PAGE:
How to lock down SFTP user?

by meda   Last Updated July 09, 2018 05:02 AM

I really need some help, I have been trying to jail a user using ubuntu.

Thing to note:

  1. james is the user
  2. sshusers is the group
  3. /home/james/upload/ is the directory where I wish to lock user

sshd_config:

AllowGroups sshusers 

Match Group sshusers
    ChrootDirectory /home/%u/upload/
    ForceCommand internal-sftp

I followed an answer on askubuntu , here are my commands

sudo chown root /home/james
sudo chmod go-w /home/james
sudo mkdir /home/james/upload
sudo chown james:sshusers /home/james/upload
sudo chmod ug+rwX /home/james/upload

Problem:

I get this error

Error:  Network error: Software caused connection abort
Error:  Could not connect to server

I investigated in the logs, and I found this:

fatal: bad ownership or modes for chroot directory component "/home/james/upload/"

But if I run the following commands

sudo chown root /home/james/upload
sudo chmod go-w /home/james/upload

It works perfect , user can connect, folder is locked BUT cannot drop files in the directory

Status: Listing directory /
Status: Directory listing successful
Status: Starting upload of C:\Users\Program\AppData\Local\Temp\fz3temp-1\empty_file_yq744zm
Command:    put "C:\Users\Program\AppData\Local\Temp\fz3temp-1\empty_file_yq744zm" "test"
Error:  /test: open for write: permission denied
Error:  File transfer failed

Please advice, I have search google so much all the links are purple now (visited :P)

I'm using filezilla client to test SFTP.



Answers 2


The ChrootDirectory directive expects that the chroot directory be owned by root, and not writable by anybody else. So you cannot jail a user to a directory and allow the user permission to write to that directory. You can:

Chroot to home, upload to upload/

The first set of commands you tried are correct for this:

sudo chown root /home/james
sudo chmod go-w /home/james
sudo mkdir /home/james/upload
sudo chown james:sshusers /home/james/upload
sudo chmod ug+rwX /home/james/upload

However, the option in sshd_config would be:

Match Group sshusers
    ChrootDirectory %h
    ForceCommand internal-sftp

(%h is replaced by the home directory of the user being authenticated, equivalent to /home/%u for most cases.) In addition, to limit the visibility of folders in /home/james, and restrict write permission there, use the recursive options for chown and chmod in the first command for /home/james, and remove read permissions. The modified set would look like:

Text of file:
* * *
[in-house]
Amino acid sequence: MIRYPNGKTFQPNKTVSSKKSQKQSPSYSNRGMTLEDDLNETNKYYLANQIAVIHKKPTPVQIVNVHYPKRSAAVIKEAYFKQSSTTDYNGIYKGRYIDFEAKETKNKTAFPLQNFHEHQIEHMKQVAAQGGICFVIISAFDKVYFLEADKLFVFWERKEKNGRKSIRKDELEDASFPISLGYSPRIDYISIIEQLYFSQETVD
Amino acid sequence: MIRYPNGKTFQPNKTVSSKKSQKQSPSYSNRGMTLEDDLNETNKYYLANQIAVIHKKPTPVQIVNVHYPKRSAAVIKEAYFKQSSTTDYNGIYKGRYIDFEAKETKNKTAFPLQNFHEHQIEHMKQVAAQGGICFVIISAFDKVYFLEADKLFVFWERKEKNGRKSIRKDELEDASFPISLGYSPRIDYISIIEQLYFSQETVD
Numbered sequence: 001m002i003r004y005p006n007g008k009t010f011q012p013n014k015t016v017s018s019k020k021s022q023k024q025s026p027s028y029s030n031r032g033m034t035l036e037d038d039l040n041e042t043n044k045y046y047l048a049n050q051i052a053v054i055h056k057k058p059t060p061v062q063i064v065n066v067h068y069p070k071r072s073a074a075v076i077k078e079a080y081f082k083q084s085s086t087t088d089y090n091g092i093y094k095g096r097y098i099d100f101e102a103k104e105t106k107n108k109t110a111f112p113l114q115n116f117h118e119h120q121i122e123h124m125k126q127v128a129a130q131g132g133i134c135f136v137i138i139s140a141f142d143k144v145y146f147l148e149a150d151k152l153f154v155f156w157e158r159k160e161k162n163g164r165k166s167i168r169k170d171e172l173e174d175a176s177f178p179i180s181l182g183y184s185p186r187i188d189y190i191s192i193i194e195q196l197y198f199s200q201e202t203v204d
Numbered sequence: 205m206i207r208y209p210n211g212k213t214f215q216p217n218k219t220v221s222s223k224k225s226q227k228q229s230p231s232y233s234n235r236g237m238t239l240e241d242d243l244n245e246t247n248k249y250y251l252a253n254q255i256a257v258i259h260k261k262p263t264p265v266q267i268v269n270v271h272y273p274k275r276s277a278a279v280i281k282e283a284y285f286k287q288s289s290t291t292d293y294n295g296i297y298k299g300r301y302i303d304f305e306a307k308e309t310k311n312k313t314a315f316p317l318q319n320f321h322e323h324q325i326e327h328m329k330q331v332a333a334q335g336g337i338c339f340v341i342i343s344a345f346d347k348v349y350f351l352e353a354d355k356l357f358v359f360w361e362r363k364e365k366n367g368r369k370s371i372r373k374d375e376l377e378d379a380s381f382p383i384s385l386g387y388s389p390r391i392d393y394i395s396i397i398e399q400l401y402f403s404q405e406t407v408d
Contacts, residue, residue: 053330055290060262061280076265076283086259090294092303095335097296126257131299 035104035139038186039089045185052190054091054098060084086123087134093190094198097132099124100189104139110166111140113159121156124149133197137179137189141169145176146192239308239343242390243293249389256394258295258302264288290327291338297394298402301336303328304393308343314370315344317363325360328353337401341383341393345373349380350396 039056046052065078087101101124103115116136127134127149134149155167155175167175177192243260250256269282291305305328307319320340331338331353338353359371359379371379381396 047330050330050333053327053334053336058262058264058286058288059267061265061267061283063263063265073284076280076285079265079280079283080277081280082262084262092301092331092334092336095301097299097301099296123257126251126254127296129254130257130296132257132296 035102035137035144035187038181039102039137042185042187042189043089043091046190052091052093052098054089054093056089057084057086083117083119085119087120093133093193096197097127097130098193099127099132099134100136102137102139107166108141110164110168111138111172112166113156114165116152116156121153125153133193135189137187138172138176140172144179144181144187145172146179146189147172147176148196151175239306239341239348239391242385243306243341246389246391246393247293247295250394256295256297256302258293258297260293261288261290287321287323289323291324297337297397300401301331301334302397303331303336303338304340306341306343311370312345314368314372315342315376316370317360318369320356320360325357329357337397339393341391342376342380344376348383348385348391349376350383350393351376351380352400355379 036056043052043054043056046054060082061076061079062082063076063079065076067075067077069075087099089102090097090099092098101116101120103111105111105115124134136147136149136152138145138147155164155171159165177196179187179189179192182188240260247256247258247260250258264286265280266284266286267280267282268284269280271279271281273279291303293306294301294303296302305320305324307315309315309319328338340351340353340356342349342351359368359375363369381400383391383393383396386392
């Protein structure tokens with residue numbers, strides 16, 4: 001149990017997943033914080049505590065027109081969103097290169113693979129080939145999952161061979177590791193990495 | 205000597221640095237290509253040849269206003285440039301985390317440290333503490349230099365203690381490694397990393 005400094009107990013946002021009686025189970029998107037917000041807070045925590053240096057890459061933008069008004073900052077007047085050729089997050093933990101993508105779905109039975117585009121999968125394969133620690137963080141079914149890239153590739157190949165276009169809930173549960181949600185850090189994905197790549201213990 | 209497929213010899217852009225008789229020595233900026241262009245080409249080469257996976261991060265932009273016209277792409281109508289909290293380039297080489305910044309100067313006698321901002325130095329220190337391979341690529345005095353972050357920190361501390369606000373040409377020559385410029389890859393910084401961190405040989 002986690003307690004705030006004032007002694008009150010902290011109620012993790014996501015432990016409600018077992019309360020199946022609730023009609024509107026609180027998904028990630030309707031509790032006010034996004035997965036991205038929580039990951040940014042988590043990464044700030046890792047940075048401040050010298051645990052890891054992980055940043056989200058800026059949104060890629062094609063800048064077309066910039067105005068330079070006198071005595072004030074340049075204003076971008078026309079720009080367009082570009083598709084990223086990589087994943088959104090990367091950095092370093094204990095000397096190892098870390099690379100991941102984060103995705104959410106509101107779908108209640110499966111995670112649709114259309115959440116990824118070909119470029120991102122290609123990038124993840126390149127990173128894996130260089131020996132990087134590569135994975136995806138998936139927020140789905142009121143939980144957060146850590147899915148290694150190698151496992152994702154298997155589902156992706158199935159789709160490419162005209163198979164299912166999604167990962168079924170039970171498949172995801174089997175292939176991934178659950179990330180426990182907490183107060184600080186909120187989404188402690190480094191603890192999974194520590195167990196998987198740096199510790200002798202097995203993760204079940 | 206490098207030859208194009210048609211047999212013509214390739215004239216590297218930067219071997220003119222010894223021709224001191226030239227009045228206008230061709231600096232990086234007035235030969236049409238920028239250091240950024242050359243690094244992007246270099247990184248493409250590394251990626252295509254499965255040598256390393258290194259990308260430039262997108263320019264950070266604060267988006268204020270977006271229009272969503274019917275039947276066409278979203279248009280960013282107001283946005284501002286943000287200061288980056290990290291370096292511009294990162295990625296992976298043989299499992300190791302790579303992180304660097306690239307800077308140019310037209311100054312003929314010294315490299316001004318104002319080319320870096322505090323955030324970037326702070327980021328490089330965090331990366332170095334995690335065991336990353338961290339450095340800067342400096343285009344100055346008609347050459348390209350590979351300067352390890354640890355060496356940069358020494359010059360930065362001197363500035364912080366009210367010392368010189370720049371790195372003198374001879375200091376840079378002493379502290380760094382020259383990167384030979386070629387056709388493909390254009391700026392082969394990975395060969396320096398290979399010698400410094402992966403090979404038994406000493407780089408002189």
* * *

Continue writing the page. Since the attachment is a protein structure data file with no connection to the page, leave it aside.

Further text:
sudo chown root /home/james -R 
sudo chmod go-rwx /home/james -R  # Disallow traversing any directory in home 
sudo chmod go+x /home/james       # Allow traversing this directory
sudo mkdir /home/james/upload
sudo chown james:sshusers /home/james/upload
sudo chmod ug+rwx /home/james/upload

Now the user should only be able to access /home/james/upload, or /upload.

Chroot to upload, upload to upload/some_directory

Pretty much the same as above, replacing /home/james/ with /home/james/upload, and /home/james/upload with /home/james/upload/some_directory. No particular gains.

Change the home directory of james to /upload

The usual behaviour of ChrootDirectory is: "After the chroot, sshd(8) changes the working directory to the user's home directory." So we change james's home directory:

usermod -d /upload  user

Then set the ChrootDirectory to /home/%u. Use the same restrictions in the first option.

muru
muru
September 20, 2014 02:49 AM

The built-in sftp chroot mechanism in OpenSSH requires that the chroot directory be owned by root (and not writable by users). This could be a pain if the directory is an SMB/CIFS share for example, where you'd have to do bind mount.

One of the more flexible solution would be to use MySecureShell (http://mysecureshell.readthedocs.io/en/latest/)

apt install mysecureshell

It works without any modification to your default OpenSSH settings. All you need to do is make your SFTP user login shell to mysecureshell, and it will take care of the ACL/virtual chroot for you. See the documentation for details,

For example, once you have installed MySecureShell, you can then add an SFTP user (restricted to their home directory) as below,

sudo useradd -m -d /home/sftpuser01 --shell /usr/bin/mysecureshell sftpuser01

From the above, the user 'sftpuser01' will get virtual chrooted to '/home/sftpuser01' in SFTP session.

It also provide a lot of flexible options to control ACL, group etc by configuring '/etc/ssh/sftp-config'. Please refer to http://mysecureshell.readthedocs.io/en/latest/configuration.html for details.

TL-Aiyor
TL-Aiyor
July 09, 2018 04:43 AM

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